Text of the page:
Feeling the Lyubov' at Moscow Deli
There's been a lot of foodie love lately for Russian Gourmet in the surprisingly food-rich city of Lake Forest. There have been some assertions that it is the only Russian store in Orange County. Eto nie pravda; this is a filthy, filthy lie. (What, you didn't know I spoke Russian, too?)
While I need to check out Russian Gourmet ("but Lake Forest is so far away!"), my needs for Russian goods have been met since I moved to these fair orange acres by Moscow Deli.
Gustavoreviewed Moscow Deli
nearly six years ago, and while the borscht is still there, there are so many other things to eat that it deserved another look. Moscow Deli is a tiny place tucked away in a minimall in Costa Mesa, behind the OC outpost of Empanada's Place, a worn glass storefront with a couple of tables outside.
The place is 80% market, 20% prepared food. This is where North Countians can head for tvoróg, the smooth white cheese known as Quark in German, for butter (no disrespect toward my forebears, but the best butter in Europe comes not from Denmark or Normandy, but from Mother Russia), for huge bottles of the fermented-bread drink known as kvass.
You're looking for sausage? Moscow Deli has four dozen types. You need an obscure kind of Estonian pickled asparagus? It's available in jars there. Ceylon tea blended especially to make zavárka (tea concentrate, traditionally diluted 10:1 with boiling water from a samovar)? No problem.
The short and, at times, oddly translated list of sandwiches is the real secret at Moscow Deli, though; all the sandwiches are excellent. For your virgin experience, order an Odessa sandwich ($5.99), an insane roundup of ingredients put together by a savant in a fit of inspired hunger. It's two slices of soft Polish rye bread; one is spread with a sharp horseradish sauce, the other with "Odessa sauce", a combination of eggplant, peppers and garlic that has been puréed into submission. A large pile of cold sliced kol'bása (a Russian sausage a bit like salami) is slapped on top, then topped with "salad leafs" (usually cabbage leaves salted slightly so they wilt, but occasionally iceberg lettuce), tomatoes, and onions shaved so fine as to be invisible. One bite and your tastebuds will be singing "May There Always Be Sunshine".
Make sure you get one of their salads for the extra $2. The salat vitamínskii (exactly what it looks like) is a shredded tangle of cabbage, carrots, celery, cucumbers and curly parsley. I don't know what it is about this salad, but there's a grandmotherly taste to this salad. Take a couple of bites and you'll see what I mean; there's a back flavor that is welcoming and nostalgic: where have you been? Come, sit and eat.
Also full of that taste of home (if your home happened to be in Brighton Beach, Brooklyn) are the gólubtsy, fat cabbage rolls stuffed with meat, rice and gentle spices and simmered in tomato sauce. Resist the urge to order two; these are meaningful rolls. If you're still hungry, order a couple of drániki--potato pancakes. Don't forget the sour cream.
The blintzes deserve special mention. They sit in the cold case, but the ladies will reheat them for you. Some are chicken (kúritsa) and some are sweetened cheese (tvoróg). While the chicken ones are delicious, the finestkind cheese blintzes ($1.39 each) are simply out of this world. The filling is so soft and creamy that you won't believe it was the Russian answer to cream cheese, and the blini have that charactertistic glutinous tug that is the object of my desire.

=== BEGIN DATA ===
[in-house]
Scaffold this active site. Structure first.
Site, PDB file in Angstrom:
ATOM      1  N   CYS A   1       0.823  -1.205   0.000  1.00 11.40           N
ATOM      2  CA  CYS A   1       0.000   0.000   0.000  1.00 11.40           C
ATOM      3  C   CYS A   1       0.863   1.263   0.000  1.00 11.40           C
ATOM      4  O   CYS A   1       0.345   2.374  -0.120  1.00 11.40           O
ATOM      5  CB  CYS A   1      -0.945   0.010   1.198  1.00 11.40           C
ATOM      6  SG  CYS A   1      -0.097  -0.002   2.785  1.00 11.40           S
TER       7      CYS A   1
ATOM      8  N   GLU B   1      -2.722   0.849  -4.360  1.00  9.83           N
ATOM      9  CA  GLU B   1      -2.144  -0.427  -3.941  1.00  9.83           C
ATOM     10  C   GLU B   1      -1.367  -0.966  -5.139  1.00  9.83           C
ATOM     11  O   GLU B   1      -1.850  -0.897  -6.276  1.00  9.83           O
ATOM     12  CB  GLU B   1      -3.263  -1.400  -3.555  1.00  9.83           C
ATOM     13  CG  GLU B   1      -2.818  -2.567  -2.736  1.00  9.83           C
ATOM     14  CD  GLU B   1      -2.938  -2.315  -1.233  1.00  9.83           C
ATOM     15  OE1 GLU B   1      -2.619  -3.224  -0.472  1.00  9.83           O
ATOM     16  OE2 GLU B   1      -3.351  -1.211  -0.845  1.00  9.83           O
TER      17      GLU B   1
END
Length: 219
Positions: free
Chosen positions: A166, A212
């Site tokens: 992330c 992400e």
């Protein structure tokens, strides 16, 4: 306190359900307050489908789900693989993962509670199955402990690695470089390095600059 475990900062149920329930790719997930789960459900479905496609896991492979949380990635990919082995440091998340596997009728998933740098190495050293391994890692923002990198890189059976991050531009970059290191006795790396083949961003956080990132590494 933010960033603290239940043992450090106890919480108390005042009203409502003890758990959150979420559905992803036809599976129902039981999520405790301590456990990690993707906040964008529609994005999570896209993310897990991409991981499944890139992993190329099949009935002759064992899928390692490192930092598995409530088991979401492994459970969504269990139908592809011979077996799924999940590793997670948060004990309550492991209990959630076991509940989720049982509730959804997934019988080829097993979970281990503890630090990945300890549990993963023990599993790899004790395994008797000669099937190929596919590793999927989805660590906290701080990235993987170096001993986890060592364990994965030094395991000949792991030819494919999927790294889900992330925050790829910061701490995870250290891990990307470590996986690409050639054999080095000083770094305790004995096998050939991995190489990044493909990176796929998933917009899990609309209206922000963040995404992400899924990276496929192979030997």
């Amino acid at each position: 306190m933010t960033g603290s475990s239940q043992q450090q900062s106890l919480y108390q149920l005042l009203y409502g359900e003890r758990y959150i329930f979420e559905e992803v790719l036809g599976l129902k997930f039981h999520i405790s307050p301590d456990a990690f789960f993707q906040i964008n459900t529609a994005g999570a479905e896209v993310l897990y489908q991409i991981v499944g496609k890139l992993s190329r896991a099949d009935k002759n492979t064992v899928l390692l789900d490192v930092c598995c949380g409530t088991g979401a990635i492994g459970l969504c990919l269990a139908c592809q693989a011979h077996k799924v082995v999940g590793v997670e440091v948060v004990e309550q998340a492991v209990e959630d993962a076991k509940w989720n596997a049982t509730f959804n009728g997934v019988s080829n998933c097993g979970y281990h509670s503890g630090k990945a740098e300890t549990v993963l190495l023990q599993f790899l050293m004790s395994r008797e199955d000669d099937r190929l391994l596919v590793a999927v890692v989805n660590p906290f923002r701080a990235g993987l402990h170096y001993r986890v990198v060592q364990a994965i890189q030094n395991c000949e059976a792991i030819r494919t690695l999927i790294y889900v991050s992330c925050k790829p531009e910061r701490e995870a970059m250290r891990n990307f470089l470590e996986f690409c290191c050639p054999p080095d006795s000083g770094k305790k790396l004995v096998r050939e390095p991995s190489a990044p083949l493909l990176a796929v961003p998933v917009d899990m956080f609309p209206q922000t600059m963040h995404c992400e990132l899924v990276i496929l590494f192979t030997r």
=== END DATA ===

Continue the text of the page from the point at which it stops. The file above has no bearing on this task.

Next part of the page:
You'll be asked if you want them with fruit (s frúktami) or with sour cream (so smetánoy). Fruit may be tempting, but be Russian for a minute and just order the sour cream, because Russian sour cream is like no other dairy product in the world, and this is a perfect way to try it, with its pourable, off-white tang lapped lovingly over the sweet, smooth filling inside a buckwheat crêpe.
If blintzes aren't your thing, get your dessert to go: go to the freezer case and buy a package of varéniki, small wheat dumplings filled with sweetened pie cherries. At $7.99 a bag, they aren't cheap, but they are delicious. Splurge for a small container of smetána (that's that sour cream), then go home, boil the dumplings, pour the included cherry syrup over them, dollop with smetána and enjoy; it's even a surprisingly healthy dessert. Or splurge on a slice of napoleon, a big chunk of poppy-seed pieróg, or head back to the freezer for a cardboard-wrapped nugget of morózhenoye (Russian ice cream--the Dadu brand is the one to get), which is richer and creamier than most ice creams.
Anyone who's ever been to Russia knows that service is eleventh on a list of ten important characteristics for a business to have, which is why I was genuinely stunned at the warmth and the kindness displayed by the women who run the deli. Being greeted with zdrávstvuitye (hello) instead of chto vy khotítye (what do you want)? Suggestions and free samples if you're dithering? Smiles, for the love of Lenin? Nearly unheard of in Russia but everyday occurrences at Moscow Deli.
Their English has definitely improved since I started going, but if you are asking specific questions about ingredients or looking for suggestions, you may fare better with a Russian speaker.
This is a place that is sorely needed in north OC, and I've yet to take someone who didn't fall in love with it instantly. Next time you're shopping at IKEA, skip the meatballs in the cafeteria and head down Harbor for a sandwich or some borscht instead.
Ready? All together now:
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